We absolutely love to entertain at our house. The problem? Entertaining a large crowd doesn’t exactly fit in with a frugal budget. But getting gazelle intense with paying off your debt doesn’t mean you can’t entertain. So how do we stick to our stringent budget and still get the privilege of entertaining our family and/or friends?
It just takes a little of that creativity that was so well-known and used by Depression-Era families. Part of fellowship is working together to find ways to gather that include everyone’s ability to help. We had a goal of still being able to provide a gathering place for our families without foregoing our own goals of debt freedom. Here’s how we’ve learned to “get creative” in the area of hosting gatherings:
Allow Others to Pitch In
In our families, everyone is really good about pitching in. Here’s how we get creative when people ask “What can we bring?”. I offer to do the work, and then divvy up most of the food-buying to the families who want to help. For instance, my mom is pretty financially secure, so I ask her to buy the expensive stuff, like the turkey, ham or whatever, and the lefse, which, though expensive, is a must-have at all Norwegian family gatherings.
She’ll also bring a dessert, as she loves to bake. I’ll ask one brother to bring a salad and another dessert, and I’ll ask another brother to bring milk and paper plates/napkins, etc. This leaves us with having to buy a veggie, potatoes (I got our Thanksgiving potatoes at the local Walmart for $1.50 for a 10 lb. bag-seriously!) and usually some type of buns or rolls (which Walmart also had on sale for $1 per dozen!). We serve an abundant dinner, and all it cost us was a couple of hours of work, and very little money.
Provide Non-Alcoholic Drinks
Alcohol is expensive and can bring unwanted effects to a gathering if somebody consumes too much. Tell people to bring their own, or simply don’t serve it. As a Christian home, people know we’re not huge drinkers anyway, so after all these years, they’ll know that if they want much more than pop or the occasional cheap beer, they need to bring it themselves. And they’re perfectly okay with that. We usually pick up 4 or 5 2-liter pops when they’re on sale for a buck or so apiece so that soda costs don’t get too out of control.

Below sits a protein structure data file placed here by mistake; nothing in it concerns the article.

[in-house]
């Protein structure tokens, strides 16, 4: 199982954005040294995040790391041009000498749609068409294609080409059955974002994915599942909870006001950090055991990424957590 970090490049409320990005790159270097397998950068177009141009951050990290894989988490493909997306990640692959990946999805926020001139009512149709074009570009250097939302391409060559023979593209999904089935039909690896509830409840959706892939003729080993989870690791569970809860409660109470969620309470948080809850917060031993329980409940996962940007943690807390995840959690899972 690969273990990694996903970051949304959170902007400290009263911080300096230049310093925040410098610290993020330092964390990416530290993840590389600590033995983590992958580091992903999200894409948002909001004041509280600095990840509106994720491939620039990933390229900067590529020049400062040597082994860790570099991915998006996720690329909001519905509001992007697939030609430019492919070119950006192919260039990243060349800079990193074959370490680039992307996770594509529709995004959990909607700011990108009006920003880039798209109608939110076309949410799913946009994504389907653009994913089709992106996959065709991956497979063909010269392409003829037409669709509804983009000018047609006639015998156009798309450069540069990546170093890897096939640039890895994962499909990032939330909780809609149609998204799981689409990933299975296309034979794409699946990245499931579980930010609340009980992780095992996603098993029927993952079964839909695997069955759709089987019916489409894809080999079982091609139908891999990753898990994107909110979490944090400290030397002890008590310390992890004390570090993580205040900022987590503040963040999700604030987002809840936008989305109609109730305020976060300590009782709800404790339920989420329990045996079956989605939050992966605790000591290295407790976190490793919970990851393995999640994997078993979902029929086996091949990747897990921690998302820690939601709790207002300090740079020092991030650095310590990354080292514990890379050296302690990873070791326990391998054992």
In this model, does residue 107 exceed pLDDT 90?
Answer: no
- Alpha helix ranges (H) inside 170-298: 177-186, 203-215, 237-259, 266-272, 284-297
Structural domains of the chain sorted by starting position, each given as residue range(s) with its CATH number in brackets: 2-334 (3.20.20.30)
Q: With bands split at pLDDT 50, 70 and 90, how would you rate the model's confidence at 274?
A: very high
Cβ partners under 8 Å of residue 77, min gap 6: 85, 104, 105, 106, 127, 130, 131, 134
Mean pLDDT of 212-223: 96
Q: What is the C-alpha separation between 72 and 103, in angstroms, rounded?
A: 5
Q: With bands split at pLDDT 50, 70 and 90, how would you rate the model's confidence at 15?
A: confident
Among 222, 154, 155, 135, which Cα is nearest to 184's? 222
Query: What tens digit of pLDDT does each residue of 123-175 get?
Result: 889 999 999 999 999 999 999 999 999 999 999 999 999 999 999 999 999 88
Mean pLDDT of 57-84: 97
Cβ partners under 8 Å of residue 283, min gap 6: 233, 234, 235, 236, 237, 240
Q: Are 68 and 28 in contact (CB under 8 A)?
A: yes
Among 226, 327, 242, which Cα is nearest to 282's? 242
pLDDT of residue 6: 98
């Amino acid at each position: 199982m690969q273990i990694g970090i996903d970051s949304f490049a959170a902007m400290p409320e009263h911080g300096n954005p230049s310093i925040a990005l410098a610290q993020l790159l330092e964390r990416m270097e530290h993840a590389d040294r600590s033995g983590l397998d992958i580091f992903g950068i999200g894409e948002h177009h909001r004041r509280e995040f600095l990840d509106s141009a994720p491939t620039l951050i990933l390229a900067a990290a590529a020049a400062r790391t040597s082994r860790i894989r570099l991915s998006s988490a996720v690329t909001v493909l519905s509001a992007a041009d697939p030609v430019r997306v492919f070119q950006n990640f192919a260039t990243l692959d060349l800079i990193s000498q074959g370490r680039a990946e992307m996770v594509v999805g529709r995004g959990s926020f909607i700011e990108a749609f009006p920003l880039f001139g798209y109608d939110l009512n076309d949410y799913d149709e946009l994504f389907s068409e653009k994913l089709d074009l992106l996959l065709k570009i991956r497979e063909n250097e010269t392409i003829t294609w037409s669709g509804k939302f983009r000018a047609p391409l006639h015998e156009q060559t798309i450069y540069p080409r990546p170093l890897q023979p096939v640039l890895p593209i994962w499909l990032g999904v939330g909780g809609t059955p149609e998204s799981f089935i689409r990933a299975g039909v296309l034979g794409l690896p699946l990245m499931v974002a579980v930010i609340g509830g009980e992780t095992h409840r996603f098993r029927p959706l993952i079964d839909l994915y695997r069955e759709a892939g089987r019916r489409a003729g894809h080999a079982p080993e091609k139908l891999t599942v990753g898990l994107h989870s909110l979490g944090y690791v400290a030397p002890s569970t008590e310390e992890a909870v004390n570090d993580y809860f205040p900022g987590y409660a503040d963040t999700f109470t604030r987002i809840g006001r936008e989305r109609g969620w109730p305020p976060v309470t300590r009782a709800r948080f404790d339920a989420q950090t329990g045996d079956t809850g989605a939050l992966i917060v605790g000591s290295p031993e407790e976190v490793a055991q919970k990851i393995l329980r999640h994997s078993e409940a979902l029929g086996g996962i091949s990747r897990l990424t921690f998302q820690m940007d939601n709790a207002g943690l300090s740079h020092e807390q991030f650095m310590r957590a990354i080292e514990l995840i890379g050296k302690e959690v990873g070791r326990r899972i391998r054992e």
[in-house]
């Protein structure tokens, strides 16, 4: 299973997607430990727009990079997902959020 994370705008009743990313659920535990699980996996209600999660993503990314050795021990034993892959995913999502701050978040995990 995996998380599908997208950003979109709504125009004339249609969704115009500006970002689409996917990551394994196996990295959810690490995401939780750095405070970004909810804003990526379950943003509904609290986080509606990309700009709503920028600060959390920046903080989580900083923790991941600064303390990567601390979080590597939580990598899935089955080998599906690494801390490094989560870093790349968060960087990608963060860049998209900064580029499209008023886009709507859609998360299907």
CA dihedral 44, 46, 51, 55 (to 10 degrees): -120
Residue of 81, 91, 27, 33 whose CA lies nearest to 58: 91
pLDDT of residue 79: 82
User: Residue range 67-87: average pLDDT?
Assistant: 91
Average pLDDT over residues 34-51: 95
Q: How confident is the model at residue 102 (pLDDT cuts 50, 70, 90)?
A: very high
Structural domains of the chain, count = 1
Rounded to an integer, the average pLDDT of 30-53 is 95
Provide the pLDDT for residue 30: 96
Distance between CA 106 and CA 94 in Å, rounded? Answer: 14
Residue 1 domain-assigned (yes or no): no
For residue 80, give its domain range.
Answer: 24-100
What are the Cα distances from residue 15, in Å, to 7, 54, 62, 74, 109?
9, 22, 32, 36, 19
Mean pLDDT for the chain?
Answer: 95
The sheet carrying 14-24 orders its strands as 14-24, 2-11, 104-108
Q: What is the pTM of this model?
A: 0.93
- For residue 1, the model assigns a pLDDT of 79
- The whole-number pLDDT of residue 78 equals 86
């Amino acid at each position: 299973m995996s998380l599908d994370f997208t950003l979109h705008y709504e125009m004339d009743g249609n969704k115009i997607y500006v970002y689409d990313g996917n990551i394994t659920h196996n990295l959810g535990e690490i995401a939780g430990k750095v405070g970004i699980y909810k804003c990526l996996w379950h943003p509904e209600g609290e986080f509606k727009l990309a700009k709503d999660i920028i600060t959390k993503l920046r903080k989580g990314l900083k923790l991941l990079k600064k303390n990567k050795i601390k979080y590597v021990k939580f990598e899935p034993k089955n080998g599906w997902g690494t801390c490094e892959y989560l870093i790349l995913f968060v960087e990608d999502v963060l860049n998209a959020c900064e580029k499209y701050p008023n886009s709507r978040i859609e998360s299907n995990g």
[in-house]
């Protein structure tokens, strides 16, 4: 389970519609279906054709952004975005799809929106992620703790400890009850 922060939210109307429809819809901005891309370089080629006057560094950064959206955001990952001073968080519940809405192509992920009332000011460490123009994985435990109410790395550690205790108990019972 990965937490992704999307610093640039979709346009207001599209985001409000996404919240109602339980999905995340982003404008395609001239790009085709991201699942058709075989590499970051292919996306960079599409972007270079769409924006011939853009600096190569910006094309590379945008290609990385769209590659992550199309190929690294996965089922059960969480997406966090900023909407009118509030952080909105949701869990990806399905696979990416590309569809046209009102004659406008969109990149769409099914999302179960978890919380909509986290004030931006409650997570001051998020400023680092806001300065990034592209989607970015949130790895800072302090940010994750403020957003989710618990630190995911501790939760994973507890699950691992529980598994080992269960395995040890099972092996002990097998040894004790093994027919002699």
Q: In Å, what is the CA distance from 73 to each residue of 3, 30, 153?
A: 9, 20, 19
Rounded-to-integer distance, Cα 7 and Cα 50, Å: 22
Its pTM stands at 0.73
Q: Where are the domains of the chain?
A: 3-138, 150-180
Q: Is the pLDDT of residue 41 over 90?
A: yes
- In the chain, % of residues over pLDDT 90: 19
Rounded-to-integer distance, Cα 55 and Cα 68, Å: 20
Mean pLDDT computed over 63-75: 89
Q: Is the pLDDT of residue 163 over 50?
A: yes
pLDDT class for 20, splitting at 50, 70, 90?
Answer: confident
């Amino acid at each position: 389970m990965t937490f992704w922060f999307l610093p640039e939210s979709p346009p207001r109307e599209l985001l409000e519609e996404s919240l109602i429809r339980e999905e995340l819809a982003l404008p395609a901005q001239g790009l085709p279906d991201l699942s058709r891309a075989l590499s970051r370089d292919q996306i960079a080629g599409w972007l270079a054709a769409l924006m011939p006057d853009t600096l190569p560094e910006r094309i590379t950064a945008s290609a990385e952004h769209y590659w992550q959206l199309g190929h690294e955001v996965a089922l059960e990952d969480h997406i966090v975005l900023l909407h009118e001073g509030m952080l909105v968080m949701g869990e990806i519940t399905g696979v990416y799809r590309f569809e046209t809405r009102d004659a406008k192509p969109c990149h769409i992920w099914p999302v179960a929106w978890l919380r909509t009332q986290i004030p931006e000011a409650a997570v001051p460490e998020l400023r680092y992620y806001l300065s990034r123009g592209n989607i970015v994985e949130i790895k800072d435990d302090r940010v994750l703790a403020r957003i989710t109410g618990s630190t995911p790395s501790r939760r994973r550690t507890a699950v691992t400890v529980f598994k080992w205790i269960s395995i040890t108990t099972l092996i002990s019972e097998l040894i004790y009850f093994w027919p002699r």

Provide Cheap Entertainment
If your family insists of having activities, there are always cheap or free ways to go. Play a good classic movie in one room (like A Christmas Story or It’s a Wonderful Life) that fits in with the theme for the gathering. Have a game like Charades or Apples to Apples in another room. Or simply sit and talk. Our family can blab for hours simply reminiscing or sharing funny stories of years past.
Also, feel free to take advantage of kids or adults who want to share their talents. When we gather with our Christian friends, we’ll often have our friend Dino play his guitar and “wow: us with his casual and talented singing. He loves to use his gift to bless others, and it doesn’t cost us a dime.
Don’t Go Overboard on Decor
Spending hundreds of dollars on decor for gatherings just isn’t necessary to the success of a good party. Get a few prominent and well-placed pieces and you’ll have done your duty. A welcoming gathering place is neat, warm carries the scent of good food.
Remember the Goal
The goal of all true hosts when it comes to holding gatherings is to provide a good time. Shower your guests with love and care, and you can know you’ve done your best to create a wonderful time.
We served what my uncle’s wife called “The best Thanksgiving dinner I’ve ever had” this past year for 23 people and spent about $35. Enlist the help of those who ask, and stock up on sales, and you can do the same! It’s not the money spent, but the heart that serves that makes for a joyful gathering.
How do you entertain family and/or friends without breaking the bank?